Wrapped around neurons in the peripheral nervous system, Schwann cells can “dedifferentiate” into a state in which they can't manufacture myelin. Reverting to an immature type of cell speeds healing of injured nerves. Researchers knew that the protein Krox-20 pushes immature Schwann cells to specialize and form myelin, but they didn't know what prompts the reversal. One suspect was a protein called c-Jun, which youthful Schwann cells make but Krox-20 blocks.
Parkinson et al. cultured neurons with Schwann cells whose c-Jun gene they could activate. Turning on the gene curbed myelination, suggesting that c-Jun prevents young Schwann cells from growing up. c-Jun also prodded mature Schwann cells to become youthful again, the researchers discovered. Schwann cells that are separated from neurons normally dedifferentiate, but the team found that the cells remained specialized if c-Jun was missing. They suspect that c-Jun works in part by activating Sox-2, as this protein also inhibits myelination.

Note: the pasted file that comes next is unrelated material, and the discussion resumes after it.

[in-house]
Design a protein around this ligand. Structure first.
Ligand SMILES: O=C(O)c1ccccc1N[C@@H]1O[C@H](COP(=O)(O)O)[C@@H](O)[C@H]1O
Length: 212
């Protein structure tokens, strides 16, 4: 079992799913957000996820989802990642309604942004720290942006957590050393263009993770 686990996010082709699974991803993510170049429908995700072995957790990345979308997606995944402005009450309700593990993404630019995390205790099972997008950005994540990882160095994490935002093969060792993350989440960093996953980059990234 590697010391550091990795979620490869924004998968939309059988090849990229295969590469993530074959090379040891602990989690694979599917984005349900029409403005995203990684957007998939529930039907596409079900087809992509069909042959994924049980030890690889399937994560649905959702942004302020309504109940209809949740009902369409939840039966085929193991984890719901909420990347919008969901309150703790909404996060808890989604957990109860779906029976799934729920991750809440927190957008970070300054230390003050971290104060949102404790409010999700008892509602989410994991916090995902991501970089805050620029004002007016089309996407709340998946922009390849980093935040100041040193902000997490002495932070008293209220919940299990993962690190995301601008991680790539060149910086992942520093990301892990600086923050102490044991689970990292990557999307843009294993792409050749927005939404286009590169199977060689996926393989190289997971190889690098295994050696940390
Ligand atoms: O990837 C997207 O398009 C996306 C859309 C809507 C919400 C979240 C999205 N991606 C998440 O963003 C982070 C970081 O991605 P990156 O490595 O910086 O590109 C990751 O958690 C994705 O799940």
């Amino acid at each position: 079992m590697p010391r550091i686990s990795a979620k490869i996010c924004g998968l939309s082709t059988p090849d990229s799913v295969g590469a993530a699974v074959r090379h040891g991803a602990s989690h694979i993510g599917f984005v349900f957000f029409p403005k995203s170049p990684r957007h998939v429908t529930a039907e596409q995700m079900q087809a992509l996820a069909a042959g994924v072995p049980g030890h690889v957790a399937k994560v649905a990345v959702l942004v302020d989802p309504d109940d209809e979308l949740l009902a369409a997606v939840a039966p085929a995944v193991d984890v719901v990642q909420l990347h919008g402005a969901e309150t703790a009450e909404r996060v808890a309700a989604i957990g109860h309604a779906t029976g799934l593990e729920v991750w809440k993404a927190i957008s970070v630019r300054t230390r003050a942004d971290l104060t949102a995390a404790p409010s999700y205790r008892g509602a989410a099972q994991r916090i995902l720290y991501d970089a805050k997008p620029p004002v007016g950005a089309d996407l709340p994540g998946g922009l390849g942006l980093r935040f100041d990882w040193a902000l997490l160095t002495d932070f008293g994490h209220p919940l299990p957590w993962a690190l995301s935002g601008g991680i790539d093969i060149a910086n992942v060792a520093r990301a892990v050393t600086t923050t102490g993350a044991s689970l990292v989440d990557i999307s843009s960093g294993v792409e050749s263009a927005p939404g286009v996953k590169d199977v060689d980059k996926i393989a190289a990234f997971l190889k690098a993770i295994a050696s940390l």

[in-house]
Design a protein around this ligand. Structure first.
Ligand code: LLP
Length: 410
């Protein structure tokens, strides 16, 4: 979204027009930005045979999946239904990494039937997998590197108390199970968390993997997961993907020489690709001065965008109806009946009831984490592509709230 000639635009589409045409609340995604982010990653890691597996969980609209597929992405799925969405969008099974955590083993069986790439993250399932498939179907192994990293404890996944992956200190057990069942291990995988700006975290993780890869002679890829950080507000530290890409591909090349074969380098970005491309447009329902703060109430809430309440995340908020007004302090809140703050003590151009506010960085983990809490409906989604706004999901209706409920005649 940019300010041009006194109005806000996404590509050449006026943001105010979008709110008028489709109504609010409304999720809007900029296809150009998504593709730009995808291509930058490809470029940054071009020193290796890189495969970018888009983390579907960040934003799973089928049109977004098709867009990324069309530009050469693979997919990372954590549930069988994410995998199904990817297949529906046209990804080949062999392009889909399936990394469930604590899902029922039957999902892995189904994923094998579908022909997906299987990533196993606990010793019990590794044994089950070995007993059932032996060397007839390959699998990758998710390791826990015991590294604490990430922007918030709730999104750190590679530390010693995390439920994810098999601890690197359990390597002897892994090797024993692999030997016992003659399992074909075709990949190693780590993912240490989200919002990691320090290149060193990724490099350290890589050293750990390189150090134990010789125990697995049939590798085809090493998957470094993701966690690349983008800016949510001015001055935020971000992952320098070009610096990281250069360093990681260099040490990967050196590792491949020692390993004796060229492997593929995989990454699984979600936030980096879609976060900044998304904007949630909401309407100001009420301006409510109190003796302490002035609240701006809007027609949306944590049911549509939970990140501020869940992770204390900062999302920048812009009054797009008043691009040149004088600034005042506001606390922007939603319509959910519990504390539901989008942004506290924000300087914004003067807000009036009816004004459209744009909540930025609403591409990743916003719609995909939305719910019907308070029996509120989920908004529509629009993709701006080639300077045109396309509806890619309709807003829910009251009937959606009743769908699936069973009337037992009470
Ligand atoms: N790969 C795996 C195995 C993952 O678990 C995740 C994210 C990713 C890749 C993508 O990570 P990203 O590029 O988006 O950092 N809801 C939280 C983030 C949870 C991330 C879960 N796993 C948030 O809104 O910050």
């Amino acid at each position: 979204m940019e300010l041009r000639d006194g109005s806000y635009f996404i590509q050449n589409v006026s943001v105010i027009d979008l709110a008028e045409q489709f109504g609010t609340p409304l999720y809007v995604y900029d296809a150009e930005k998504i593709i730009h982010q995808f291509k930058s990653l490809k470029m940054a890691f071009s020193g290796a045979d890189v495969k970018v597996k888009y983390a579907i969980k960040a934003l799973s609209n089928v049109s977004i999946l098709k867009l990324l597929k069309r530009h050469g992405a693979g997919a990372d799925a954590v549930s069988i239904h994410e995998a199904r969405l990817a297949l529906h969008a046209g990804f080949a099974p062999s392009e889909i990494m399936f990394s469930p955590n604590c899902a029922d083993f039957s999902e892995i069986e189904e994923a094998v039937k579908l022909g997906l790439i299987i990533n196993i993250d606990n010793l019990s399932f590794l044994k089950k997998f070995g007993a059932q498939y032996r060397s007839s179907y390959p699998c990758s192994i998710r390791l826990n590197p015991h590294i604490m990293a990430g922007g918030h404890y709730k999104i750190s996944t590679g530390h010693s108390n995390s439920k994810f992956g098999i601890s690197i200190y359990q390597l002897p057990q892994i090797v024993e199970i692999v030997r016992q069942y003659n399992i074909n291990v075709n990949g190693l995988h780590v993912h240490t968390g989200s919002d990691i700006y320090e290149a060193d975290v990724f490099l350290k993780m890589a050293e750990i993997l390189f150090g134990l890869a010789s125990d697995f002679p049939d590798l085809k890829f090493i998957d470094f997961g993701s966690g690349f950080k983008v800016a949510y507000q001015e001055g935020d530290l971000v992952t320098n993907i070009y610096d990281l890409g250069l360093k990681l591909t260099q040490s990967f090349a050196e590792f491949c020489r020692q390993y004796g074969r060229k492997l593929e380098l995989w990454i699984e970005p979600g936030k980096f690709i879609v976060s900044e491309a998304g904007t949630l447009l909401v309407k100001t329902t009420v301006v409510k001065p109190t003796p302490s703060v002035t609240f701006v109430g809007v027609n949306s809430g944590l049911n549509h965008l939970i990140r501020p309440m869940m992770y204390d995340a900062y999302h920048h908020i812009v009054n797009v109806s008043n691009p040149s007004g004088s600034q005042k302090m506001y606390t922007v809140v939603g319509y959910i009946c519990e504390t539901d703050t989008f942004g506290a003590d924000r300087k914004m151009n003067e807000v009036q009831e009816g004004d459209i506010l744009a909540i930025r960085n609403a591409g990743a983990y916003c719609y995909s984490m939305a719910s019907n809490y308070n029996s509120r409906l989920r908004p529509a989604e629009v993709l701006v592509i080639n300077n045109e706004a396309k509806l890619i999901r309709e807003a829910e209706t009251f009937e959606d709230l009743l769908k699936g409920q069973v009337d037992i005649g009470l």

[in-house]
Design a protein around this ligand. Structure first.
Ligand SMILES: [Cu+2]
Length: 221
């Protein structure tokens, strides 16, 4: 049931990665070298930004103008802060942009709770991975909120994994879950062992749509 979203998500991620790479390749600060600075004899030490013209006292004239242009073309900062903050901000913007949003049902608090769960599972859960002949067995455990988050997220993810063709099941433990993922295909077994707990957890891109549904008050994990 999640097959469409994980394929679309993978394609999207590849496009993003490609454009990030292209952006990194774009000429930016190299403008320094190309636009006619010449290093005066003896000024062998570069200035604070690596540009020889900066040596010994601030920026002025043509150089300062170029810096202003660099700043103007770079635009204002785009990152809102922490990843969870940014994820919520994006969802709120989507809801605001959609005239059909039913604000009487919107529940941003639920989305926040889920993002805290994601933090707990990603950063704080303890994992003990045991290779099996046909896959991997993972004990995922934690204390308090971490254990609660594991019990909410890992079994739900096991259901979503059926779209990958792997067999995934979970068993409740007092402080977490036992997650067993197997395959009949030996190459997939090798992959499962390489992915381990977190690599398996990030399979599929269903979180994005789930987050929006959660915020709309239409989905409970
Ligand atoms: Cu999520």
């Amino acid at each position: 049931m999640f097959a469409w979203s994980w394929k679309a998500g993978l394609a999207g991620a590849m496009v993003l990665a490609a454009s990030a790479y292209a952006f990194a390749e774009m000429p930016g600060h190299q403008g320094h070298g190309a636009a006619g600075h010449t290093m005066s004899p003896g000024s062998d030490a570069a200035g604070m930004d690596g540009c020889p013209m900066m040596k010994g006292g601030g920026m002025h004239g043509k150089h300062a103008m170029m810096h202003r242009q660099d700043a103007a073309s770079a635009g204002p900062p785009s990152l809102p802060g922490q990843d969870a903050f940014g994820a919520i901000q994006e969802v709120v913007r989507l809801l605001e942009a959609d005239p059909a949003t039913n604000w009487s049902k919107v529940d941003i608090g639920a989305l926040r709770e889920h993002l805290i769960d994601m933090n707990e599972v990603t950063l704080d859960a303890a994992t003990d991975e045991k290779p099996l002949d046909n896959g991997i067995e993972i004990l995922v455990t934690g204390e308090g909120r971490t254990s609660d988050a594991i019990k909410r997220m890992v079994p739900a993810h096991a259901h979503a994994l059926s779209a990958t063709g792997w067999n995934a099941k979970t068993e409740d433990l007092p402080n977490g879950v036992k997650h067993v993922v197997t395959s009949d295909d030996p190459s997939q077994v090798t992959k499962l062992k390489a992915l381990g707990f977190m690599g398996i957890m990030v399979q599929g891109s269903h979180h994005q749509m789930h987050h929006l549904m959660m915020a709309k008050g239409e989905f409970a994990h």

The researchers now want to investigate whether c-Jun is involved in illnesses where myelin dwindles, such as Charcot-Marie Tooth disease and Guillain-Barre syndrome. The results might also provide clues about multiple sclerosis, in which immune attacks destroy myelin in the central nervous system. Unlike Schwann cells, oligodendrocytes, the myelin makers in the central nervous system, can't revert to an immature state. Whether c-Jun affects oligodendrocyte differentiation isn't known.